And that’s that, except to say, as Bartles and Jaymes did back in the year of which I’m writing these days, “Thank you for your support.” Next up in the on-deck circle: a certain spacefaring epic.


10 Responses to Patreon

  1. iPadCary

    January 20, 2015 at 3:37 pm

    Obviously, I’ve zero idea of the metrics of “Digital Antiquarian”, but I can assume it’s substantially more than just 85 people: the number of Patreon supporters.

    Yes, yes: I’m well aware of current fiscal constraint.
    But are you telling me that things are *that* bad where you can’t swing a measly buck per DEEP AND WELL WRITTEN article?!? C’mon, man: GIVE!

  2. DZ-Jay

    March 5, 2017 at 12:58 pm

    Hi, Jimmy,

    As you may already know (of course, you keep track of all your readers individually, right? right??), I started reading your blog just a couple of weeks ago and have managed to make my way to this point.

    As I read your Patreon announcement I must admit it makes a very compelling case. Not one to typically contribute in such ways, I admit that if I ever were to sponsor someone’s work it would be for something like this and to a person as prolific and proven as you.

    Not having engaged in this sort of service before, I do have some questions I hope you could answer, and if you do not feel comfortable sharing them publicly, I would appreciate a direct response; my e-mail is attached to every post I make.

    . How much do you envision a typical article to cost?
    . How much has already been covered by your existing Patreon campaign?
    . How much do you already receive in other types of donations?
    . How much, in your honest opinion, is a “good” amount for readers to contribute per article in order to have a significant impact on your time? (I mean, what is the difference between “it can pay for three weeks at the library researching this particular topic,” vs. “It’ll pay for a couple of beers while I think about the next topic” — not judging either way since both serve their own purpose.)
    . What do you suppose will be the average frequency of your articles, i.e., are you aiming for one article a month, bi-monthly, weekly, fortnightly, etc.? (This can help a fellow understand the expected patronage and accommodate it within his cash-flow capabilities.)

    And lastly,
    . Rather than an on-going Patreon commitment, would you be open to a per-article sponsorship? I mean, say you estimate the cost of research and production of a particular article to be something like $5,000; you could request patronage from your readers to cover specifically that amount. Likewise you could prepare a plan for the next 10 articles or so and seek funding for them. In this way, it works rather like a scholar grant than an art patronage (which always strikes me as horridly anachronistic to the modern culture of scientific and academic progress).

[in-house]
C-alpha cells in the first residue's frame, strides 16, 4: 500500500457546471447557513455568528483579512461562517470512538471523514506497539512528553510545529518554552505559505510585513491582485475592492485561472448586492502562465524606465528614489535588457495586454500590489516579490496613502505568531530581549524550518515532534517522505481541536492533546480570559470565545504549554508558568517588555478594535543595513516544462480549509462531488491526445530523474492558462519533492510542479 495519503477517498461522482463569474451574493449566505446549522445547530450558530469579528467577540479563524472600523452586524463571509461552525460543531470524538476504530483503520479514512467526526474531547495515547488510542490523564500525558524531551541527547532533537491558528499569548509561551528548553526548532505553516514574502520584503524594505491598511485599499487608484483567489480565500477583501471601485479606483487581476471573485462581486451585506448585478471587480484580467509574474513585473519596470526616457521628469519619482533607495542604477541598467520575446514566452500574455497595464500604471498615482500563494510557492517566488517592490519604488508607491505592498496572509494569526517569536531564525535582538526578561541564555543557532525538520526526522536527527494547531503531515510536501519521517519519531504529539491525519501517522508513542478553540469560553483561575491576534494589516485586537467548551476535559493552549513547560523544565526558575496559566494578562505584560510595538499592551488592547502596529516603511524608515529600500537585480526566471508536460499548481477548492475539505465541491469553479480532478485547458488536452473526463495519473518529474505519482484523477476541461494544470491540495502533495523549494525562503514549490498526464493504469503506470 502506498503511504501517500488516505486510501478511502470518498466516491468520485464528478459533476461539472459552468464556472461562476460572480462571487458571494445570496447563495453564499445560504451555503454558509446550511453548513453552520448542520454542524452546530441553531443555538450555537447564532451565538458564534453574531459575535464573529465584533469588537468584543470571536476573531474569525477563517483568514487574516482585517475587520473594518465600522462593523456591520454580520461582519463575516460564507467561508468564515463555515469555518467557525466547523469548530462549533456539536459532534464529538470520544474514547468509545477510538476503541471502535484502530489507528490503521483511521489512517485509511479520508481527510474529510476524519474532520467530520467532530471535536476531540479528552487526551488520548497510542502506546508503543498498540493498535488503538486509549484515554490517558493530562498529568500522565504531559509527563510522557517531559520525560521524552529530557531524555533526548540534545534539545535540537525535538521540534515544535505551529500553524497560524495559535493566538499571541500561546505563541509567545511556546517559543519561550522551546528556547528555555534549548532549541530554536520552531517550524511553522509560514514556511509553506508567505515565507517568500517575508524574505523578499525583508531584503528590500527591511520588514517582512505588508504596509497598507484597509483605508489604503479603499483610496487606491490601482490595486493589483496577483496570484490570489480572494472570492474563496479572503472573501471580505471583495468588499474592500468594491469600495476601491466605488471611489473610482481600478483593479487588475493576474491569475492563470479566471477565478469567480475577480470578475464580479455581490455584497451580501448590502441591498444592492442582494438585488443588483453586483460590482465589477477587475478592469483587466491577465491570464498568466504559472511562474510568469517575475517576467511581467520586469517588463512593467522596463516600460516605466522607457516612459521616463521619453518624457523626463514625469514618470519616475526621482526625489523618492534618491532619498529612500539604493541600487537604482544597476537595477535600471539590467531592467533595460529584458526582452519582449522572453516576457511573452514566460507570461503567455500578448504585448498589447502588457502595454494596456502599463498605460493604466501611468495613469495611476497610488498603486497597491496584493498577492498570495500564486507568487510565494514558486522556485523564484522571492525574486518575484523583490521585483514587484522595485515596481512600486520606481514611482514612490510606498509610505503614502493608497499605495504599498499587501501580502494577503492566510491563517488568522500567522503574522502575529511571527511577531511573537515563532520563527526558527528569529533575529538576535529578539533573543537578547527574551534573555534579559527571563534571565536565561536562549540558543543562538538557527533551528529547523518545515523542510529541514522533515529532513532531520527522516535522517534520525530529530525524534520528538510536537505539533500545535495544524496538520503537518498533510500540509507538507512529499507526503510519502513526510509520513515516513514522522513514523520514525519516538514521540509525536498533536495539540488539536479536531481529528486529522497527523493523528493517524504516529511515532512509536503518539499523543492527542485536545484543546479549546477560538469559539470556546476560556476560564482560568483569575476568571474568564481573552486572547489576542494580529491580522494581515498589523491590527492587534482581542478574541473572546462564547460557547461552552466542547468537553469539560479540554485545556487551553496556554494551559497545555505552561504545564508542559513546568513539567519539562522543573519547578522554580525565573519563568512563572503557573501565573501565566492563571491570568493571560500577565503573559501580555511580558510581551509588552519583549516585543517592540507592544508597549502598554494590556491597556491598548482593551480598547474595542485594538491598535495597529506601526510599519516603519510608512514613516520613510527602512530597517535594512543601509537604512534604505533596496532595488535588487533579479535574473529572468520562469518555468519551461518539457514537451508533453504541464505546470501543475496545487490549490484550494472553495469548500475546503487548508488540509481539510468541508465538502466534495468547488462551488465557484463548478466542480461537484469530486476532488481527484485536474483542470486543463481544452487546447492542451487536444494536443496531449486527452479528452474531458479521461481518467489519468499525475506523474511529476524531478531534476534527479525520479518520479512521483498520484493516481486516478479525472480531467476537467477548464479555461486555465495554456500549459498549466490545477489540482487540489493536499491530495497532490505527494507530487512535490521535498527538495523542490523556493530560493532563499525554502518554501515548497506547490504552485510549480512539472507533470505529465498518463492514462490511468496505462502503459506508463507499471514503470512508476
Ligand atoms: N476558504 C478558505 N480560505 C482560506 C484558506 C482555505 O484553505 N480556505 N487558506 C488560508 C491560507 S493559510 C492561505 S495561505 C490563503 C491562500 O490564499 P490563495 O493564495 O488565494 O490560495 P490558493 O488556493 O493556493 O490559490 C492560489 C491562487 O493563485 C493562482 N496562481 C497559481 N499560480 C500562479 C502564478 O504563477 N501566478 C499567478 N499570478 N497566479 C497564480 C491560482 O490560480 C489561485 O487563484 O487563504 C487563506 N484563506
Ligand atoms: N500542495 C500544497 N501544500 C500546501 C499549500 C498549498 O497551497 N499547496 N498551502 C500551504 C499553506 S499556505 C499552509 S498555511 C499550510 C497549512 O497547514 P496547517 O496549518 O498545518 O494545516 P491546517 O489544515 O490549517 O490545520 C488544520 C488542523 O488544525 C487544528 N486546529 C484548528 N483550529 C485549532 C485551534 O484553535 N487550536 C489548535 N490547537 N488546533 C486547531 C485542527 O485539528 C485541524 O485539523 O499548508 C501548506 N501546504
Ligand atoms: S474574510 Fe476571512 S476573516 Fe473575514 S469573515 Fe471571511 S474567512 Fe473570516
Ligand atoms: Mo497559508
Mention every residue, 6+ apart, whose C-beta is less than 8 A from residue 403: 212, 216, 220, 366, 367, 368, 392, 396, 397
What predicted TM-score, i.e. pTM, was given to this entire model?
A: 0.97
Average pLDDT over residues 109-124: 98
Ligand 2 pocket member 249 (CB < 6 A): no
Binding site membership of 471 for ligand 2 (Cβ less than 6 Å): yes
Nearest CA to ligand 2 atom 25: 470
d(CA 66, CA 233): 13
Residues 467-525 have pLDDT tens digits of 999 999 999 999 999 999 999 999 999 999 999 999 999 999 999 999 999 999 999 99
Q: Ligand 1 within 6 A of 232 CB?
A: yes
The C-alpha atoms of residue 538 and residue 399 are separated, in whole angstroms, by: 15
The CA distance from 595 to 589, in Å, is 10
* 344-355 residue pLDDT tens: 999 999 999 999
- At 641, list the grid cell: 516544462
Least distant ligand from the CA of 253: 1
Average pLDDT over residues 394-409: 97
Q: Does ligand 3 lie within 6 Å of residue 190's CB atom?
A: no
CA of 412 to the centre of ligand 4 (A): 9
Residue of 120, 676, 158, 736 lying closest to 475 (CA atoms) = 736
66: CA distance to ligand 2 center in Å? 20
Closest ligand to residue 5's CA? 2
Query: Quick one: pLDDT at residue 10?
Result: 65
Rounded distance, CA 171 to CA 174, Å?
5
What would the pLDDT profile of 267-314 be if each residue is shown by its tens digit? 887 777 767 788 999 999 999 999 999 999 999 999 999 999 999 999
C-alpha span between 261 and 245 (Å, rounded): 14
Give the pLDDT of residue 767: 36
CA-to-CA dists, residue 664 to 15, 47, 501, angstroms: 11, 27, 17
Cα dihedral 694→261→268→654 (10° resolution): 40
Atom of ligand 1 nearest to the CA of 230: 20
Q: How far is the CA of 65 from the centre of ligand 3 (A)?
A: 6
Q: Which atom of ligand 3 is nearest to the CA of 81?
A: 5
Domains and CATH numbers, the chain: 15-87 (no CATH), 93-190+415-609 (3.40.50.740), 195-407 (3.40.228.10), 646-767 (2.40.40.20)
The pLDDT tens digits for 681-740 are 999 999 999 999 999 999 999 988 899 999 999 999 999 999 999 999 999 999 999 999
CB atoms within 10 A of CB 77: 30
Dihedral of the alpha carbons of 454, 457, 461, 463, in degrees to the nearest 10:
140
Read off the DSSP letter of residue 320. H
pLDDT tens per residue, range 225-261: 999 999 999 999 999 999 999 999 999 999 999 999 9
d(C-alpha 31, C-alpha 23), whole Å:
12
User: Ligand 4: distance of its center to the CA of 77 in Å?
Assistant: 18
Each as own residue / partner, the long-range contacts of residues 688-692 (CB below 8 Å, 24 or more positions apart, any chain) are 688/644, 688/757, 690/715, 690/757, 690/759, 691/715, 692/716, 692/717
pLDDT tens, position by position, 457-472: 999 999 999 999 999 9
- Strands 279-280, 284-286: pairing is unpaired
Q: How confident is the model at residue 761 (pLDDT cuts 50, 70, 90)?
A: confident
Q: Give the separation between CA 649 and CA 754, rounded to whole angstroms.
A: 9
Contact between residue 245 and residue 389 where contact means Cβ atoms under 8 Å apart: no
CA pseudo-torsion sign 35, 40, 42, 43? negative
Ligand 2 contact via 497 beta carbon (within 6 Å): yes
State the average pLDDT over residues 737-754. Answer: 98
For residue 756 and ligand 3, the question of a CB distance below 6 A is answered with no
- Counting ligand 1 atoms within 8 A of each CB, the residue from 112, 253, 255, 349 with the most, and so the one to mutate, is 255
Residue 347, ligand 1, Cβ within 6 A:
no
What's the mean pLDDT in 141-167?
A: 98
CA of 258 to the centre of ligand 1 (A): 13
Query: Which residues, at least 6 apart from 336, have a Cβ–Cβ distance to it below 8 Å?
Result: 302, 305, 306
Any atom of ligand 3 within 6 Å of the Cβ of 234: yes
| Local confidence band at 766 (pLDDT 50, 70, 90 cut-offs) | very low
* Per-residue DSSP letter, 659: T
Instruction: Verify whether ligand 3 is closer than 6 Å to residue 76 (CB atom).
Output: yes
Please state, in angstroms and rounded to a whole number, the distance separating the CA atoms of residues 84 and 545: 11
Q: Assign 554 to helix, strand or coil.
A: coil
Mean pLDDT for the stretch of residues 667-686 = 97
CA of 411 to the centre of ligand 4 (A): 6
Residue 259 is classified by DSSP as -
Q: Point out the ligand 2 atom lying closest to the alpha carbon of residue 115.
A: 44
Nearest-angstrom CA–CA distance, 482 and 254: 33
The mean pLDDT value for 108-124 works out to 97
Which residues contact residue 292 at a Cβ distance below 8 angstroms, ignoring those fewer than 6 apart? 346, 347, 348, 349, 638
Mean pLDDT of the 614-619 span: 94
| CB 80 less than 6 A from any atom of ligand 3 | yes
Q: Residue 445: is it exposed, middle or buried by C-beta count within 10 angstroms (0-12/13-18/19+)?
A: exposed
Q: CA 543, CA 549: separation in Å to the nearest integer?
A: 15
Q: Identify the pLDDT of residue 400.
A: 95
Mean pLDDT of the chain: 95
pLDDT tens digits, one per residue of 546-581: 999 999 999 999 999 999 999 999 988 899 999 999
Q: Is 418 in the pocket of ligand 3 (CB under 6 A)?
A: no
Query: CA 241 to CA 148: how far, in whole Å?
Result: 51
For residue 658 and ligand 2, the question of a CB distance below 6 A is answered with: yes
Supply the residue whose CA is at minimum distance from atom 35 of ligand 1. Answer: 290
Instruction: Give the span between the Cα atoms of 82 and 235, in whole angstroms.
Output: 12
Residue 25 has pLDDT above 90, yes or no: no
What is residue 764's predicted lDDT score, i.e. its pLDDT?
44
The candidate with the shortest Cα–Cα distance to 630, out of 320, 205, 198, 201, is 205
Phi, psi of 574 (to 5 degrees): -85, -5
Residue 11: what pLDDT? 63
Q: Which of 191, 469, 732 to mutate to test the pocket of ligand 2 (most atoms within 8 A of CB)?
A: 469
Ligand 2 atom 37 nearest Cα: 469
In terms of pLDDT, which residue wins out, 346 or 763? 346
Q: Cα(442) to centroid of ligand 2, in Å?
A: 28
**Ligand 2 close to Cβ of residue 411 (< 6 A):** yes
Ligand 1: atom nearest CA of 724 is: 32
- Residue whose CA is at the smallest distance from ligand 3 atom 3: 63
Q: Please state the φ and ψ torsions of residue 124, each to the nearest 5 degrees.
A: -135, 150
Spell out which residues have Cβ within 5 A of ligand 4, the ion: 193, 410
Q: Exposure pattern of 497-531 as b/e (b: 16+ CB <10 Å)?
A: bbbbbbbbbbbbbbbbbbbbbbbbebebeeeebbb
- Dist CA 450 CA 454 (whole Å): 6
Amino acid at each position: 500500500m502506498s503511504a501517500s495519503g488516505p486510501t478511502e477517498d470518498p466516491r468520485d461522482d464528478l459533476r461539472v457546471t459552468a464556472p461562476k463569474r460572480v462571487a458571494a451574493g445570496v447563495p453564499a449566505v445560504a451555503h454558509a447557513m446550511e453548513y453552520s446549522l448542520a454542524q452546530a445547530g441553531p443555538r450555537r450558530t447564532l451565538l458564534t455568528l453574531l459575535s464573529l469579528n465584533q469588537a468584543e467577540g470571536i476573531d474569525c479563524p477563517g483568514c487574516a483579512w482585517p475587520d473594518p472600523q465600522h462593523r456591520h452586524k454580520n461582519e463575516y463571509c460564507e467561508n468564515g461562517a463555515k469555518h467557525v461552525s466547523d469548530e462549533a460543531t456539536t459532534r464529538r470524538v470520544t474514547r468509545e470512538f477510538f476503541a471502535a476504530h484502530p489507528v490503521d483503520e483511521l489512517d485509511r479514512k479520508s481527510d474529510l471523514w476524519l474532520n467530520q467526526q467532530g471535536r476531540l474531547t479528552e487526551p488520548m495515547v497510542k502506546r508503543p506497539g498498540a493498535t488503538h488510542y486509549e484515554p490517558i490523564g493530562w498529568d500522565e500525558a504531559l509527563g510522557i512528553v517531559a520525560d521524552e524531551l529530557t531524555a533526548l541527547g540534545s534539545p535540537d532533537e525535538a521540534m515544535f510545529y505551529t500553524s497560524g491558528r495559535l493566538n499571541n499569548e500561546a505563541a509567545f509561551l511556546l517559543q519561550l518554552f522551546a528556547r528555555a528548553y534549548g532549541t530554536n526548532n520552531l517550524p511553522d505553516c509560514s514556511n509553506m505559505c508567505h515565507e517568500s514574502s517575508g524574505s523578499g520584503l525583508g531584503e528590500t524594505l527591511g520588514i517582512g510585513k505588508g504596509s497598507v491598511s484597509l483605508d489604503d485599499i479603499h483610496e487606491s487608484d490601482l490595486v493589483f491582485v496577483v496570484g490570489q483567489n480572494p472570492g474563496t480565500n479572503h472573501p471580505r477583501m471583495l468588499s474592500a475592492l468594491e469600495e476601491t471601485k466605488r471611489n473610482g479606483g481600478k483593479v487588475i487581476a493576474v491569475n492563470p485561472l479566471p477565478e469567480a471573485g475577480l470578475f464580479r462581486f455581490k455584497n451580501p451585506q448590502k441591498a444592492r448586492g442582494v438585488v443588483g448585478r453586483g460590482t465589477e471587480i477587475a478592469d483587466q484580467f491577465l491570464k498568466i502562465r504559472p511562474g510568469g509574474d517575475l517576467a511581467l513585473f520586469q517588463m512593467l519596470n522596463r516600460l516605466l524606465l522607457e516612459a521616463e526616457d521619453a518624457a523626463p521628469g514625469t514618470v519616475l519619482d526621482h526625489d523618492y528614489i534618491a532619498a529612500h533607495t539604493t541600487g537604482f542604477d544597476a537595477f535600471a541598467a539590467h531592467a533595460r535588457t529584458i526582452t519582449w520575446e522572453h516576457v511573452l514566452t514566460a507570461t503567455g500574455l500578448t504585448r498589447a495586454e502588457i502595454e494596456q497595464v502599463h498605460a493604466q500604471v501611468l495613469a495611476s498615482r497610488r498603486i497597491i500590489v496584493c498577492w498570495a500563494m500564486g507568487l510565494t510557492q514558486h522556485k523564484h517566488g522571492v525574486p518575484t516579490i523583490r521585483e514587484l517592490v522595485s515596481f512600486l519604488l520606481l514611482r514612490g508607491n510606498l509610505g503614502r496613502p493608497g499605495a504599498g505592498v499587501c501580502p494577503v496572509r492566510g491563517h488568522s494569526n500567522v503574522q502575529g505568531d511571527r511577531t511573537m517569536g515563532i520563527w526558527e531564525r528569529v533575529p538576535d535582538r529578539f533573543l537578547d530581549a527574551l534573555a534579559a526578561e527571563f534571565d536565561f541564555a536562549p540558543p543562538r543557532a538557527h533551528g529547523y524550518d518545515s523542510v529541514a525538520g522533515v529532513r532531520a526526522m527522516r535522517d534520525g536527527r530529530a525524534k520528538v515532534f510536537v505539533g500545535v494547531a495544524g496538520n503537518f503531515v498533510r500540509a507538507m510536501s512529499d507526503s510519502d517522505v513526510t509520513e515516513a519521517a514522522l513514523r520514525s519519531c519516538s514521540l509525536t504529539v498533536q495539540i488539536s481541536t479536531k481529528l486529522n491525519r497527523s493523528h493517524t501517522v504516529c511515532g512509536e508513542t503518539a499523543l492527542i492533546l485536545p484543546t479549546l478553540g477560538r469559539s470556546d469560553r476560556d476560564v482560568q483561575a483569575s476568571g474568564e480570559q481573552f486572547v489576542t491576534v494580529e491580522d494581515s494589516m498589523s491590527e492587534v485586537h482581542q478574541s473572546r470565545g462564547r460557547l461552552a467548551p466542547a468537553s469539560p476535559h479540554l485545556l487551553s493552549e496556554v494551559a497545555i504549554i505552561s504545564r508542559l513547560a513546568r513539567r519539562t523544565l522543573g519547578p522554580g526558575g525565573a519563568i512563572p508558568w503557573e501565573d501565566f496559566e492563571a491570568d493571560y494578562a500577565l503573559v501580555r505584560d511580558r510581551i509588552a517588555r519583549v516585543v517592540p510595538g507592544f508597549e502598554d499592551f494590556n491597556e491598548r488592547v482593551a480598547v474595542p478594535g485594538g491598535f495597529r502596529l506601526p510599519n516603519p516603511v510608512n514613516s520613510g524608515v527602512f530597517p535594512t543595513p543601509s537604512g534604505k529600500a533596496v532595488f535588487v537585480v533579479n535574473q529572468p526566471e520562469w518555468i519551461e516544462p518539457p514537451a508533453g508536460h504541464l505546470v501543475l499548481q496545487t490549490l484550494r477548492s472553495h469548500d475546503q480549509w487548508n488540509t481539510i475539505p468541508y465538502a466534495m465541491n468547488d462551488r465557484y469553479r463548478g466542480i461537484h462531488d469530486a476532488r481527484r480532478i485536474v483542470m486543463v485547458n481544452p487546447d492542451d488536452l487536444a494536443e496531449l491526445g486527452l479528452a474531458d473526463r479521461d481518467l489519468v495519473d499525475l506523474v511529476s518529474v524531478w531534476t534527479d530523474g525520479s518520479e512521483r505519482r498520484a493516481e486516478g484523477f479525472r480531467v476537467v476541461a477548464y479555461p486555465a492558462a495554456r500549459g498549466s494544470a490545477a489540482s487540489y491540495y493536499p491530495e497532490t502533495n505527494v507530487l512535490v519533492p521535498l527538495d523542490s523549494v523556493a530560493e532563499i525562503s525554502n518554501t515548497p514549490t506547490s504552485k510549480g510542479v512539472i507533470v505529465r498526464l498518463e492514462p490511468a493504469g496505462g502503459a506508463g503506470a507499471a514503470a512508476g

I hope to hear from you soon. In the meantime, I will see what I can contribute to your work, and I will continue reading on the rest of your articles.


    • Jimmy Maher

      March 5, 2017 at 2:14 pm

      While I do use some of the money I earn from Patreon to purchase research materials, take occasional research trips, etc., it’s really just about earning enough to be able to justify continuing to do this work. This is, in other words, to a large extent how I make my living. You can always see my current Patreon funding on my Patreon page, but I don’t choose to share other details of my personal finances beyond saying that a) I couldn’t continue doing this work absent my readers’ support and b) I’m most definitely not getting rich off this work.

      I encourage you to pay what these articles are worth to you personally — and of course only what you can easily spare. Because these figures are different for different readers, I’m not going to name a figure I deem to be “good” or “appropriate.” I’m well aware that for some people donating 50 cents per article represents more of an investment than $50 per article does for some others. All readers who pay me the ultimate compliment of deciding my work is worth paying for are equally appreciated.